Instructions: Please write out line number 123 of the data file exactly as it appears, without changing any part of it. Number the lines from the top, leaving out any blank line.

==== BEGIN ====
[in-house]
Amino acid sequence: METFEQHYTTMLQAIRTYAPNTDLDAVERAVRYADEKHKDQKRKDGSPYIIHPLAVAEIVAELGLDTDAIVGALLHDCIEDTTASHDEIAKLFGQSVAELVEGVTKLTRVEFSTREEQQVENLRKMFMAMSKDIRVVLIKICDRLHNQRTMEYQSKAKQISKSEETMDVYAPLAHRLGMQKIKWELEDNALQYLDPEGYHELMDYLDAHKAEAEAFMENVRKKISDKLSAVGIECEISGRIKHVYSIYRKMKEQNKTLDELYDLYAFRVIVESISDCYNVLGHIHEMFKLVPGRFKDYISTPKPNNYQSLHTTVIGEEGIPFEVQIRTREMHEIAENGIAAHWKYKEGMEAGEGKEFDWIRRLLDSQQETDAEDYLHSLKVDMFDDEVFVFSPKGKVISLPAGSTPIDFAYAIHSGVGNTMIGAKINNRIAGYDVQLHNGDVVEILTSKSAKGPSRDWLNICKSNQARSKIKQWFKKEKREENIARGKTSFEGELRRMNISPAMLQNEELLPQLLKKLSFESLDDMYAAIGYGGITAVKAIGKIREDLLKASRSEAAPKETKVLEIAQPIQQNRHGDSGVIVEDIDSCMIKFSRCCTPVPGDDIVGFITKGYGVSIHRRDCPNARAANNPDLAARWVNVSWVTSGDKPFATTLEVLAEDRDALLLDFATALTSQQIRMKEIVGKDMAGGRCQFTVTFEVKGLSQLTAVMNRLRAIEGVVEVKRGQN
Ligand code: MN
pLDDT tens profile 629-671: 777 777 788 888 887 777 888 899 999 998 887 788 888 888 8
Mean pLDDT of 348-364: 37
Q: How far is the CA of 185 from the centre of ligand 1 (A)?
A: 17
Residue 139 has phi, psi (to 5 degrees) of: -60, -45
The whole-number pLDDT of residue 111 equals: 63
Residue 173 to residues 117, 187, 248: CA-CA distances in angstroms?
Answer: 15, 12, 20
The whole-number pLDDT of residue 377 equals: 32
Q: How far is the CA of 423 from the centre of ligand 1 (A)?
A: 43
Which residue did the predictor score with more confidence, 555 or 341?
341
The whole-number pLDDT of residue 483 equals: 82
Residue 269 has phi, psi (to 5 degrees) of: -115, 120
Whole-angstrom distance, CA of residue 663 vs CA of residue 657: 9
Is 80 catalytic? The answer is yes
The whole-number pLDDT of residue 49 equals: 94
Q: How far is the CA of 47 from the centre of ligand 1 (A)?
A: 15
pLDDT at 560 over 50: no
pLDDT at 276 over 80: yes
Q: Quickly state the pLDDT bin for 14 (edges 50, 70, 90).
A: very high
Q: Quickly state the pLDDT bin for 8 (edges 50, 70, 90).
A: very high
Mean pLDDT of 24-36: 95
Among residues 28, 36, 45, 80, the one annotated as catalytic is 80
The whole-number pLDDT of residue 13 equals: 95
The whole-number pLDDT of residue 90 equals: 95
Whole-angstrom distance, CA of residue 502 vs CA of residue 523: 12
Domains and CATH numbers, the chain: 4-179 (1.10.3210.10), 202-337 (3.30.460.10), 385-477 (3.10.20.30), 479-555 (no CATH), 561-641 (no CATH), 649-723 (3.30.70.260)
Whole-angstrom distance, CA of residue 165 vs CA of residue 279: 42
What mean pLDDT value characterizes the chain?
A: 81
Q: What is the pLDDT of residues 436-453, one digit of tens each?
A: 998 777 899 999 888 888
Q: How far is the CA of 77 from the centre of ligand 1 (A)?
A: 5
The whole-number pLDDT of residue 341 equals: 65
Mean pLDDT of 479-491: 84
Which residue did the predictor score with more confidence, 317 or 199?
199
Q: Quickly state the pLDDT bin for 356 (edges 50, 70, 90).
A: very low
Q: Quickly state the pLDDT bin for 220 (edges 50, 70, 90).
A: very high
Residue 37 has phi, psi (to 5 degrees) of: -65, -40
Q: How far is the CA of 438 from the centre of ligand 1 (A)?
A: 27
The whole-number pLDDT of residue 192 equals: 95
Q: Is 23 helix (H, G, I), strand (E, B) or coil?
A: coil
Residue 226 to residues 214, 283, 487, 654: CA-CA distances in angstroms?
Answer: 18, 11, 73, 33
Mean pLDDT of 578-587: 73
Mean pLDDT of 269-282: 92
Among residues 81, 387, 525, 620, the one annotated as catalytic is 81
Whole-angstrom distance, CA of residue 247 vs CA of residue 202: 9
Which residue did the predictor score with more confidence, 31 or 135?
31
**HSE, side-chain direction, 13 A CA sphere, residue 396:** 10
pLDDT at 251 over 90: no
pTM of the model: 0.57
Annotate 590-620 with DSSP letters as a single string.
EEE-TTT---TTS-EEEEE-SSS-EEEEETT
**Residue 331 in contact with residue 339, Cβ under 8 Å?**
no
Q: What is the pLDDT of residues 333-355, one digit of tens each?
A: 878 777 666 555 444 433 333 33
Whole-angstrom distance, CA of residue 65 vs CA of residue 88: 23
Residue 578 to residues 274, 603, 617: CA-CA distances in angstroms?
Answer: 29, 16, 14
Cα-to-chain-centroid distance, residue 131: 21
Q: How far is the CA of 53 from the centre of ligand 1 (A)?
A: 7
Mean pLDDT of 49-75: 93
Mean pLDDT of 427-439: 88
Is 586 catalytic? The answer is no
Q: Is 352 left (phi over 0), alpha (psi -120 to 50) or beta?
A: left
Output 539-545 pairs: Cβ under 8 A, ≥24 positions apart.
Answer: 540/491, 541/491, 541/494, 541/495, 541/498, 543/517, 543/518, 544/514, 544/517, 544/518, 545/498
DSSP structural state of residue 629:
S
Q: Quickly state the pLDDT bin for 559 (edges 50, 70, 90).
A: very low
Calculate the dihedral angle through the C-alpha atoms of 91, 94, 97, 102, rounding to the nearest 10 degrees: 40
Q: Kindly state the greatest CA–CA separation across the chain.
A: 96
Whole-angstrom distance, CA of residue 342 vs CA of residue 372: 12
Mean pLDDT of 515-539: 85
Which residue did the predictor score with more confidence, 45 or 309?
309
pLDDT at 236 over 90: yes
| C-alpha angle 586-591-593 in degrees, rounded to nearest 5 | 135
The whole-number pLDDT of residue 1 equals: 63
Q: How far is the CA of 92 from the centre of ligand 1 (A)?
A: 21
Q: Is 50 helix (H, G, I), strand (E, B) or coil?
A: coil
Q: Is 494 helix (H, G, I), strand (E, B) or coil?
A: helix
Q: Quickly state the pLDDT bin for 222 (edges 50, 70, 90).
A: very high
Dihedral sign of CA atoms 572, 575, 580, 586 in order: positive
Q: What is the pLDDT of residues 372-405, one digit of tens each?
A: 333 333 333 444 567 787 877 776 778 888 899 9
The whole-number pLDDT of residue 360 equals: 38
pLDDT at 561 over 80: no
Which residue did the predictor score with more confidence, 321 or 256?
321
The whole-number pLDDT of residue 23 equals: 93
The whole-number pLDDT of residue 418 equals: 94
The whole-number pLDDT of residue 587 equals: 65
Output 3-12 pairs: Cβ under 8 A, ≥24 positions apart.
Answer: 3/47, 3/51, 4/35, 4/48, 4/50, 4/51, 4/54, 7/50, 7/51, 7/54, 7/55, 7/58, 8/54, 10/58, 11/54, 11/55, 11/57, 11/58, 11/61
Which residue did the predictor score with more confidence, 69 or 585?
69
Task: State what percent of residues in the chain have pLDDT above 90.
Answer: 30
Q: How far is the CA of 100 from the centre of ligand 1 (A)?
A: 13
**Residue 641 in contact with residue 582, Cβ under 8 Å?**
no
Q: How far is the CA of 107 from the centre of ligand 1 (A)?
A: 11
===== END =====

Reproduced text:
Task: State what percent of residues in the chain have pLDDT above 90.